Purpose: Aneurysm formation after abdominal aortic bypass reconstruction is an infrequent but underestimated complication. Aneurysms may occur after aortic prosthetic reconstruction for both occlusive and aneurysmal disease, may occur early or late, and may be classified as a pseudoaneurysm or true aneurysm. Methods: Thirty-one cases in 29 patients treated at a tertiary referral center from 1980 to 1992 were retrospectively reviewed. Iliac and femoral aneurysms were excluded. The indication for initial abdominal aortic grafting had been aneurysmal disease in 19 patient and occlusive disease in 10 patients. Results: There were 25 pseudoaneurysms and six true aneurysms, the latter followed grafting for aneurysmal disease. The current aneurysm (mean size 7.1 cm) was at the proximal aortic anastomosis in 27 cases and at the distal aortic anastomosis in two cases. Symptoms at presentation included abdominal pain (14), mass (12), claudication (9), back pain (6), and gastrointestinal bleeding (3). Surgical management included interposition tube grafting (16), aortoiliofemoral bypass (9), and graft removal with extraanatomic bypass (3). The overall operative morbidity rate was 73%, and mortality rate was 21%. Conclusions: Paraanastomotic aortic aneurysms are being increasingly recognized and are associated with high morbidity and mortality rates. Patients should be periodically studied after aortic grafting with abdominal ultrasonography for early detection of this potentially serious complication. Elective surgical repair is advocated in the effort to minimize morbidity rates.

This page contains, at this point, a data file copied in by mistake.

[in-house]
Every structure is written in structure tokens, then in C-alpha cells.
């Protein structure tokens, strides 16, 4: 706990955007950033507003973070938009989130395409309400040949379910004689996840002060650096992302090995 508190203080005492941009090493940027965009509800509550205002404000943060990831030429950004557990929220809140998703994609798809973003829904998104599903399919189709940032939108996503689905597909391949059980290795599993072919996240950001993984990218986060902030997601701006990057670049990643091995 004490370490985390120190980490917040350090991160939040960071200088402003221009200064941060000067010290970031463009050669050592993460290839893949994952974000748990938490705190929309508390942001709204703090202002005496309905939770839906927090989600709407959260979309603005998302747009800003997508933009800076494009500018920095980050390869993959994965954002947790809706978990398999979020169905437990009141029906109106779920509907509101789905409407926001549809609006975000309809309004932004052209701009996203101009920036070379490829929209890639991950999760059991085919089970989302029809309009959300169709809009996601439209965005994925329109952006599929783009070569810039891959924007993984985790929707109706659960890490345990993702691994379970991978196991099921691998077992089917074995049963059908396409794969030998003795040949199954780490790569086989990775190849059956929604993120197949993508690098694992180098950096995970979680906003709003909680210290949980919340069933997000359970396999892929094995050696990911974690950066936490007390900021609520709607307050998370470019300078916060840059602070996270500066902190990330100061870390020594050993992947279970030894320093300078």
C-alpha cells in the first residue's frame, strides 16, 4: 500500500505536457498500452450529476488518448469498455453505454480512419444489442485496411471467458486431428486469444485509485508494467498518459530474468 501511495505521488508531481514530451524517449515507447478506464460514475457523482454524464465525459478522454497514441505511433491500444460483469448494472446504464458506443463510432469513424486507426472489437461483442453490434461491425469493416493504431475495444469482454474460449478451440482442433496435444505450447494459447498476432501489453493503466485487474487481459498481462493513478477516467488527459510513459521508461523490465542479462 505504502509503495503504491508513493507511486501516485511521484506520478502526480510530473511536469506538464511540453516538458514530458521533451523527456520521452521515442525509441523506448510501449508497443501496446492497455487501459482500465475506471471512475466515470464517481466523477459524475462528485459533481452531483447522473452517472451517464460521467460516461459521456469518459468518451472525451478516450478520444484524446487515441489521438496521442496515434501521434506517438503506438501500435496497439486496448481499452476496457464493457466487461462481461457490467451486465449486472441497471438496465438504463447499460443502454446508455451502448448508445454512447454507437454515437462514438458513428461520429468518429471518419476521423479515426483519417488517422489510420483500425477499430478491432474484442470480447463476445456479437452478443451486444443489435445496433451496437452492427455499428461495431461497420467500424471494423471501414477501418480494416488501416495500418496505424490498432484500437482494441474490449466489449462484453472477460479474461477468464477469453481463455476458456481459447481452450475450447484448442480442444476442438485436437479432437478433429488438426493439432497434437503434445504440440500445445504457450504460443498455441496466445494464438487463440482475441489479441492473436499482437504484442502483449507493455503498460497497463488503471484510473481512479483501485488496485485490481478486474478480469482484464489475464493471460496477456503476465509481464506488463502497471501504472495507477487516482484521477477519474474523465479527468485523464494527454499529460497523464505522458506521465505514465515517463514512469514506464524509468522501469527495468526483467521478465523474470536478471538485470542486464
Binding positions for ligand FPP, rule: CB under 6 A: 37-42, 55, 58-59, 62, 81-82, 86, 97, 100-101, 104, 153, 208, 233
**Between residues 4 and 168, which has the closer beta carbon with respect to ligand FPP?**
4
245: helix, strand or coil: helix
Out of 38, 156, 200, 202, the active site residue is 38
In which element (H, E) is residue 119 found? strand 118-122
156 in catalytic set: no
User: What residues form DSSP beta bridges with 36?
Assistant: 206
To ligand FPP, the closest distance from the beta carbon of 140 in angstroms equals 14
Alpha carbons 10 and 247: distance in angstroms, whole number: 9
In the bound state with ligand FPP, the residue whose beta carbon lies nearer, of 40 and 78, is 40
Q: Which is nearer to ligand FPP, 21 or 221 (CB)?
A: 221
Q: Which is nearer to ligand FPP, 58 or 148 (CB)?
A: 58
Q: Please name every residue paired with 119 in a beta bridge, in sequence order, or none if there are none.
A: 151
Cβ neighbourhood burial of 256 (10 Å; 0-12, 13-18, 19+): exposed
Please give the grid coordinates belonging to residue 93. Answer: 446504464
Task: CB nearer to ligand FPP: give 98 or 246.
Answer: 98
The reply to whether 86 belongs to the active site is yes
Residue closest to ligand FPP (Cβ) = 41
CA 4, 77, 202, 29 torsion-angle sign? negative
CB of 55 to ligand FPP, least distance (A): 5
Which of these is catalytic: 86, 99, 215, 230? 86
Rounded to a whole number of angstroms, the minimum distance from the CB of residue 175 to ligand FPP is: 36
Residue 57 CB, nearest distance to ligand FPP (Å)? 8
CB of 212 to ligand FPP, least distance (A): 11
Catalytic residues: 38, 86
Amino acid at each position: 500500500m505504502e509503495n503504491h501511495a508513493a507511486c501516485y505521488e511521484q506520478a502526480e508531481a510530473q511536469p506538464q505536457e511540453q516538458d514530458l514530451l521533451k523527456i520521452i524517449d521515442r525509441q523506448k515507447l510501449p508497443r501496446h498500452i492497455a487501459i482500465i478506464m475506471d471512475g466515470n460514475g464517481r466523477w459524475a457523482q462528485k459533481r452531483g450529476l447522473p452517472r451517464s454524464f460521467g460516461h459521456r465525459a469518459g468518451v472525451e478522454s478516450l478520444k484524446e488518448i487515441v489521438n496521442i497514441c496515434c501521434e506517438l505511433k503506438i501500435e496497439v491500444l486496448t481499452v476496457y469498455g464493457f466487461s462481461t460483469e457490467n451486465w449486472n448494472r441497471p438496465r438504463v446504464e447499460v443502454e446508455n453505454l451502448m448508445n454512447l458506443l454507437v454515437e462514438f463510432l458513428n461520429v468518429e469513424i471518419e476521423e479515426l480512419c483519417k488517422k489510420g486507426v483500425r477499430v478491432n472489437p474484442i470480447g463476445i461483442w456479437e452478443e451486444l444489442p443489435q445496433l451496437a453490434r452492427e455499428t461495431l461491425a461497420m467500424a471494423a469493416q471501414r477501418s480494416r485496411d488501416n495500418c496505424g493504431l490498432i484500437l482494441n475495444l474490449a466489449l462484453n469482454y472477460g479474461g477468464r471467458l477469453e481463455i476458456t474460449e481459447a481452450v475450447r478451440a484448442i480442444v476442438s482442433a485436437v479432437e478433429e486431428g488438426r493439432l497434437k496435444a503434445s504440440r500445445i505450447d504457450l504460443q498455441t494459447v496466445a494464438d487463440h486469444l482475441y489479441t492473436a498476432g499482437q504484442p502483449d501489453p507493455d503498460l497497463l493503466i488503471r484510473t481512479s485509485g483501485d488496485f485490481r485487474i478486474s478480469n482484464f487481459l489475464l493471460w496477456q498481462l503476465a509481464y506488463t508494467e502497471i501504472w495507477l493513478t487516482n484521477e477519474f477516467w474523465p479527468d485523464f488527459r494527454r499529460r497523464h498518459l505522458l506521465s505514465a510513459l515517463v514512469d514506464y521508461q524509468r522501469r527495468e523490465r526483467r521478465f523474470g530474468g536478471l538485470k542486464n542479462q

ASJC Scopus subject areas
- Cardiology and Cardiovascular Medicine